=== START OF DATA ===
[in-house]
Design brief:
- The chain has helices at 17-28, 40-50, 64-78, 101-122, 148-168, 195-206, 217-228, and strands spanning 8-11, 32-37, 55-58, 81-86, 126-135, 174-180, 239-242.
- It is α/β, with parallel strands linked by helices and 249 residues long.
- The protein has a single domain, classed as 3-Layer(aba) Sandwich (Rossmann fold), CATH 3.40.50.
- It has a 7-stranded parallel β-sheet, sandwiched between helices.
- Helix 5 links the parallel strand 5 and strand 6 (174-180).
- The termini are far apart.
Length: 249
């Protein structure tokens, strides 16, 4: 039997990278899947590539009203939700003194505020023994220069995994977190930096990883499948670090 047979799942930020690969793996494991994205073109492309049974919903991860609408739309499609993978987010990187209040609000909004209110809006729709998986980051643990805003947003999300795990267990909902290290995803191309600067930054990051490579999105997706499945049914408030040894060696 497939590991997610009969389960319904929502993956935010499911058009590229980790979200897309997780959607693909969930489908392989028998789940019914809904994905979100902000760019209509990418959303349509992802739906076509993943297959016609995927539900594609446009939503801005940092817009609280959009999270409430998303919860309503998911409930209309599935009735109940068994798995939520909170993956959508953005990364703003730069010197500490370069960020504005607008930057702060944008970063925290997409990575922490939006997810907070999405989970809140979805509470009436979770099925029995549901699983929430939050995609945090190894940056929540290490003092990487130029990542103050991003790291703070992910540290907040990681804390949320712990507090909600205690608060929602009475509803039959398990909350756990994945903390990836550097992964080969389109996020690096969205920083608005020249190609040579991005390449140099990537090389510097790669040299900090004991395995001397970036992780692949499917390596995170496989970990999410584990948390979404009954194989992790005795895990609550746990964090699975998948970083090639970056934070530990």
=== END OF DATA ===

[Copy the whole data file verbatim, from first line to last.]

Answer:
[in-house]
Design brief:
- The chain has helices at 17-28, 40-50, 64-78, 101-122, 148-168, 195-206, 217-228, and strands spanning 8-11, 32-37, 55-58, 81-86, 126-135, 174-180, 239-242.
- It is α/β, with parallel strands linked by helices and 249 residues long.
- The protein has a single domain, classed as 3-Layer(aba) Sandwich (Rossmann fold), CATH 3.40.50.
- It has a 7-stranded parallel β-sheet, sandwiched between helices.
- Helix 5 links the parallel strand 5 and strand 6 (174-180).
- The termini are far apart.
Length: 249
């Protein structure tokens, strides 16, 4: 039997990278899947590539009203939700003194505020023994220069995994977190930096990883499948670090 047979799942930020690969793996494991994205073109492309049974919903991860609408739309499609993978987010990187209040609000909004209110809006729709998986980051643990805003947003999300795990267990909902290290995803191309600067930054990051490579999105997706499945049914408030040894060696 497939590991997610009969389960319904929502993956935010499911058009590229980790979200897309997780959607693909969930489908392989028998789940019914809904994905979100902000760019209509990418959303349509992802739906076509993943297959016609995927539900594609446009939503801005940092817009609280959009999270409430998303919860309503998911409930209309599935009735109940068994798995939520909170993956959508953005990364703003730069010197500490370069960020504005607008930057702060944008970063925290997409990575922490939006997810907070999405989970809140979805509470009436979770099925029995549901699983929430939050995609945090190894940056929540290490003092990487130029990542103050991003790291703070992910540290907040990681804390949320712990507090909600205690608060929602009475509803039959398990909350756990994945903390990836550097992964080969389109996020690096969205920083608005020249190609040579991005390449140099990537090389510097790669040299900090004991395995001397970036992780692949499917390596995170496989970990999410584990948390979404009954194989992790005795895990609550746990964090699975998948970083090639970056934070530990």